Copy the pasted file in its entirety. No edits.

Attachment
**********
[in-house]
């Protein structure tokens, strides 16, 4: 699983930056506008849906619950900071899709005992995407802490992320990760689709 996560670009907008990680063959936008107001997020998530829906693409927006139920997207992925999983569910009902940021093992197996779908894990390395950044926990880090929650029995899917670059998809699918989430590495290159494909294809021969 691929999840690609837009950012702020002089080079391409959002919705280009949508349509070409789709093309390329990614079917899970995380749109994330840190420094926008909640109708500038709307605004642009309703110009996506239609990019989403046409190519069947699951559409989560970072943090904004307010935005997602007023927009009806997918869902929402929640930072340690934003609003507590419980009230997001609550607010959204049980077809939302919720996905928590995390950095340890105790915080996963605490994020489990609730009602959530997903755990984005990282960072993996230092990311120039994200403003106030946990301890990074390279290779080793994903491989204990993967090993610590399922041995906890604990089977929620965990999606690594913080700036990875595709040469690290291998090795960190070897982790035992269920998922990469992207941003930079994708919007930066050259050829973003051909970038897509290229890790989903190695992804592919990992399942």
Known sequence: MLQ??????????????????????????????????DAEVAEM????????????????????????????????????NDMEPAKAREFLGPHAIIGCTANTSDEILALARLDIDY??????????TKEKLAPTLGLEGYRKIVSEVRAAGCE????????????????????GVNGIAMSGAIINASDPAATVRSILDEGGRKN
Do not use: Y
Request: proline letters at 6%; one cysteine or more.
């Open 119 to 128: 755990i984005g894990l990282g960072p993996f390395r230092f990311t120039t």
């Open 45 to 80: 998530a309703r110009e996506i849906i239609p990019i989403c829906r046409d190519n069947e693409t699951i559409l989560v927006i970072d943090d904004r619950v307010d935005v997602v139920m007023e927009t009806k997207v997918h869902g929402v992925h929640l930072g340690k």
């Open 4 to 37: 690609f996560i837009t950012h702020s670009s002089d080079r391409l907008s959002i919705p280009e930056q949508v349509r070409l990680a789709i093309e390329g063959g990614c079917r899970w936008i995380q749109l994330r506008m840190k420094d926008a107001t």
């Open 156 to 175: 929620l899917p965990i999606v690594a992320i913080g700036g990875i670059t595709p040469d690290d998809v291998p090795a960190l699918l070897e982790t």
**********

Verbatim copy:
[in-house]
């Protein structure tokens, strides 16, 4: 699983930056506008849906619950900071899709005992995407802490992320990760689709 996560670009907008990680063959936008107001997020998530829906693409927006139920997207992925999983569910009902940021093992197996779908894990390395950044926990880090929650029995899917670059998809699918989430590495290159494909294809021969 691929999840690609837009950012702020002089080079391409959002919705280009949508349509070409789709093309390329990614079917899970995380749109994330840190420094926008909640109708500038709307605004642009309703110009996506239609990019989403046409190519069947699951559409989560970072943090904004307010935005997602007023927009009806997918869902929402929640930072340690934003609003507590419980009230997001609550607010959204049980077809939302919720996905928590995390950095340890105790915080996963605490994020489990609730009602959530997903755990984005990282960072993996230092990311120039994200403003106030946990301890990074390279290779080793994903491989204990993967090993610590399922041995906890604990089977929620965990999606690594913080700036990875595709040469690290291998090795960190070897982790035992269920998922990469992207941003930079994708919007930066050259050829973003051909970038897509290229890790989903190695992804592919990992399942």
Known sequence: MLQ??????????????????????????????????DAEVAEM????????????????????????????????????NDMEPAKAREFLGPHAIIGCTANTSDEILALARLDIDY??????????TKEKLAPTLGLEGYRKIVSEVRAAGCE????????????????????GVNGIAMSGAIINASDPAATVRSILDEGGRKN
Do not use: Y
Request: proline letters at 6%; one cysteine or more.
């Open 119 to 128: 755990i984005g894990l990282g960072p993996f390395r230092f990311t120039t």
């Open 45 to 80: 998530a309703r110009e996506i849906i239609p990019i989403c829906r046409d190519n069947e693409t699951i559409l989560v927006i970072d943090d904004r619950v307010d935005v997602v139920m007023e927009t009806k997207v997918h869902g929402v992925h929640l930072g340690k």
């Open 4 to 37: 690609f996560i837009t950012h702020s670009s002089d080079r391409l907008s959002i919705p280009e930056q949508v349509r070409l990680a789709i093309e390329g063959g990614c079917r899970w936008i995380q749109l994330r506008m840190k420094d926008a107001t």
């Open 156 to 175: 929620l899917p965990i999606v690594a992320i913080g700036g990875i670059t595709p040469d690290d998809v291998p090795a960190l699918l070897e982790t």